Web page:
What is a Self Signed SSL Certificate and Why Is It Risky?

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An SSL certificate is a critical component of website security, facilitating encrypted connections that protect sensitive data in transit. But — and this is a big “but” — the SSL certificates have to be issued by a trusted entity called a certificate authority (CA) for them to be trusted by clients (your users’ web browsers). So, if you’re here because you asked your search engine “what is a self signed certificate,” allow us to explain what this all means for you and why it’s better to use a CA signed SSL certificate over a self-signed one.

The reason for such a cautious approach comes from the authentication provided by SSL/TLS certificates. An SSL certificate authenticates the identity of a website or organization. Now, keep in mind that web users aren’t the ones that are actually interacting with SSL certificates. Their browsers are — and browsers have a vested interest in keeping their users safe.

So, it makes sense that the browsers need some assurances before they’re willing to trust a certificate and, by extension, the entity it authenticates. That’s what validation is for. When a certificate validates an entity, it’s running a series of checks that the browsers require to trust the certificate. The more information that’s included in the certificate, the more checks that need to be performed.

Once the CA performs those checks, they sign the certificate, which lets the browser know that it can be trusted.

Let’s Talk About Why You Can’t Sign Your Own Certificate

A self-signed certificate is something that just about any server can create, but they won’t be trusted by web users’ internet browsers because they weren’t properly validated and issued by a CA. You can’t validate yourself. It should be obvious why — after all, you could simply issue a certificate for any website you want and there would be no way for the browser to figure out whether it’s fake or not. You’ll receive an error message like this if you try to use a self-signed SSL certificate on a public website:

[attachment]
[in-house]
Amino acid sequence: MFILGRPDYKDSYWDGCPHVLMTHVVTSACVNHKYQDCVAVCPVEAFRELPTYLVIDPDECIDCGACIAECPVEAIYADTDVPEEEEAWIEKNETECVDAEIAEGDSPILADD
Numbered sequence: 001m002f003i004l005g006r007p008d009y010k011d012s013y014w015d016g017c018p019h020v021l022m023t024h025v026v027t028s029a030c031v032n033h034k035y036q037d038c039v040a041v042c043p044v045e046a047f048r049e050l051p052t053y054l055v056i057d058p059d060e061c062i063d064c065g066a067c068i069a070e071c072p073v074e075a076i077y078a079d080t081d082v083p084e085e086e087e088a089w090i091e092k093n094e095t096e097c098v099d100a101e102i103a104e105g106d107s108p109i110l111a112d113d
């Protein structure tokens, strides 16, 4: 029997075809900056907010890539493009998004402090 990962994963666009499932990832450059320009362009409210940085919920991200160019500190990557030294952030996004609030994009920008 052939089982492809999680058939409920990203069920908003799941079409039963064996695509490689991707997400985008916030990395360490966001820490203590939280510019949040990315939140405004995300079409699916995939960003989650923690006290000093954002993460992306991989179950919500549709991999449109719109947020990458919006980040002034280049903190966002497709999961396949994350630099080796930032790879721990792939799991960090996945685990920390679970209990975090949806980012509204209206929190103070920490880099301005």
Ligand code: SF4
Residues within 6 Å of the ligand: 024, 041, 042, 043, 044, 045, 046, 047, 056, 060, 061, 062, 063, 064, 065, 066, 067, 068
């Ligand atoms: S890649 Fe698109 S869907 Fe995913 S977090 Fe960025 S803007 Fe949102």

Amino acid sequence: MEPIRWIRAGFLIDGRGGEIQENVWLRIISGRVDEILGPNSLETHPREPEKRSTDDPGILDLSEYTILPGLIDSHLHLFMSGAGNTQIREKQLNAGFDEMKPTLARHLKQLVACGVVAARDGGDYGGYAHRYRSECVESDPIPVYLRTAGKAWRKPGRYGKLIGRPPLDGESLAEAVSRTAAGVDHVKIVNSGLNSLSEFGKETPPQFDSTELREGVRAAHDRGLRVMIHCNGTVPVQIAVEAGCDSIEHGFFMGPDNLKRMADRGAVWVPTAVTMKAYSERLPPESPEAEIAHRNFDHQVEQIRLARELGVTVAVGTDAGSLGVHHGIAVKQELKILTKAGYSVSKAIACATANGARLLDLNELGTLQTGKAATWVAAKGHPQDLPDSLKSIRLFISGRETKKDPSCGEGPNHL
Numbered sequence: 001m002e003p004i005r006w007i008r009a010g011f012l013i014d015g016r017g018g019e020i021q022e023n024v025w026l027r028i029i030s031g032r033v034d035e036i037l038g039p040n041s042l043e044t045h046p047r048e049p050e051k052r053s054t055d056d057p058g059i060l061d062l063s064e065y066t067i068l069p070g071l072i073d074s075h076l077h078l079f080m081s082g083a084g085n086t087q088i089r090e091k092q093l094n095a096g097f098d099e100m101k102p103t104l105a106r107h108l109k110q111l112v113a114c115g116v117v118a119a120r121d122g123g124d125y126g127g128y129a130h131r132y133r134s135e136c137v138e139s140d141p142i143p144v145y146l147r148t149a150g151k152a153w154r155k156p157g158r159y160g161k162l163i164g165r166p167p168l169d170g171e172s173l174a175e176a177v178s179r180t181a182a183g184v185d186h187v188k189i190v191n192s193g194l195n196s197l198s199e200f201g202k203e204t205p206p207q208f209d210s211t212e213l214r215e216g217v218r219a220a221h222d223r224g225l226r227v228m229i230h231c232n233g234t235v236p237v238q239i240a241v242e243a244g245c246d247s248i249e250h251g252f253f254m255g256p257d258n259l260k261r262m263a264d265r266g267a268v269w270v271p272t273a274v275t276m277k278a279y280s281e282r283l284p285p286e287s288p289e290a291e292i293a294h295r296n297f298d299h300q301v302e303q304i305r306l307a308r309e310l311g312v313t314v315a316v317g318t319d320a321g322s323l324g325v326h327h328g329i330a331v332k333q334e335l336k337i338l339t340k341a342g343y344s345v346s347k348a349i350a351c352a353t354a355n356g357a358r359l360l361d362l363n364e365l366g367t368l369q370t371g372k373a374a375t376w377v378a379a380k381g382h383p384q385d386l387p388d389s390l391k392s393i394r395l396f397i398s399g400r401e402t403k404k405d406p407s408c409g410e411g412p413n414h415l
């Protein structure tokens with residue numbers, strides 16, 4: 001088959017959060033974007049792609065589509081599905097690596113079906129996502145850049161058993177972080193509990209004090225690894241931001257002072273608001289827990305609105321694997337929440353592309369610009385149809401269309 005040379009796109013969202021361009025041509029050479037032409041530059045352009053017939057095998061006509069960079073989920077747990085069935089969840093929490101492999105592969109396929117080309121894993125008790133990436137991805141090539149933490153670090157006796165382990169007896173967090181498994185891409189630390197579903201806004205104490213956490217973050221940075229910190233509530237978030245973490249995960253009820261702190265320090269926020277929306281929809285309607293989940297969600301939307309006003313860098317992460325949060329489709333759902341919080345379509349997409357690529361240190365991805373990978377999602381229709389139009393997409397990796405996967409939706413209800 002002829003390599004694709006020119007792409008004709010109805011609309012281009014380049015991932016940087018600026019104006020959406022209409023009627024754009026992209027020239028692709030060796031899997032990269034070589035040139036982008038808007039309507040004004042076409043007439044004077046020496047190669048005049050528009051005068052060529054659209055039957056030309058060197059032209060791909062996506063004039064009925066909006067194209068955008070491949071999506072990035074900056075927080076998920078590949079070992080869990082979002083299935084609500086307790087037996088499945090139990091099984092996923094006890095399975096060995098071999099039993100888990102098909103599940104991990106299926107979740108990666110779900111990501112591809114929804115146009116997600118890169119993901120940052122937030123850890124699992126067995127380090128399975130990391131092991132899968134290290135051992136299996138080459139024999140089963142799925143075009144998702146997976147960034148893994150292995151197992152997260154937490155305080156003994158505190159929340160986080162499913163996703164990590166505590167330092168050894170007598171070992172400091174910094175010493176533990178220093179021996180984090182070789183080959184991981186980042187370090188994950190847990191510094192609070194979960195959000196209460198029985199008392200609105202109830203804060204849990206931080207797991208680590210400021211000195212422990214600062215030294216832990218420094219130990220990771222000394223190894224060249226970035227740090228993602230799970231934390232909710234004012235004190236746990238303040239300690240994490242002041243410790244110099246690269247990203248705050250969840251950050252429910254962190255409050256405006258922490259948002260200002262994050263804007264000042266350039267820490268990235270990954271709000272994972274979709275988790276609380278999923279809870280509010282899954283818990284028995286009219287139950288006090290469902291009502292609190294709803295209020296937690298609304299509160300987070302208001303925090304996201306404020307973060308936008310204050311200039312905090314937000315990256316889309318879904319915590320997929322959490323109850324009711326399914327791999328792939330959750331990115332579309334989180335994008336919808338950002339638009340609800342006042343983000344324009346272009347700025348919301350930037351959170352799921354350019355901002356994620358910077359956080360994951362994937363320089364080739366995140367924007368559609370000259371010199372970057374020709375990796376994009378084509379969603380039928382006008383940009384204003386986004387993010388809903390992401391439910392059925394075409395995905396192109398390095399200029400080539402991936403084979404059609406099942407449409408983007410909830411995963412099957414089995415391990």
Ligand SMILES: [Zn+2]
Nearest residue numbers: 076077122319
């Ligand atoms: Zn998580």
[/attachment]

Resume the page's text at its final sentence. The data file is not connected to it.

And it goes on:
Graphic: What is a self signed certificate warning message

So, to avoid this issue, browsers don’t trust self-signed certificates. That’s categorical. For an SSL certificate on the public internet to be trusted, it needs to be signed by a trusted certificate authority. Period.

So, Why Are Self-Signed Certificates a Thing?

For the same reason ear gauges and tongue rings are a thing — some servers like to express themselves. No, but seriously, self-signed certificates are a fine option for test environments and internal networks. With just a little configuration, the root that was used to self-sign the certificates can be extended trust by the network itself and anyone on it will then be able to use the self-signed certificates as if they were trusted.

This practice just doesn’t work on the public internet because that root isn’t trusted anywhere else.

So, if you’re securing a public website, don’t use a self-signed certificate. If you do, your visitors’ web browsers are going to issue error messages saying your website is “not secure” and may not be trustworthy.

Obviously, that’s bad for business. So, bottom line: use a trusted CA to issue all of your SSL certificates.

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What Is A Certificate Authority (CA)?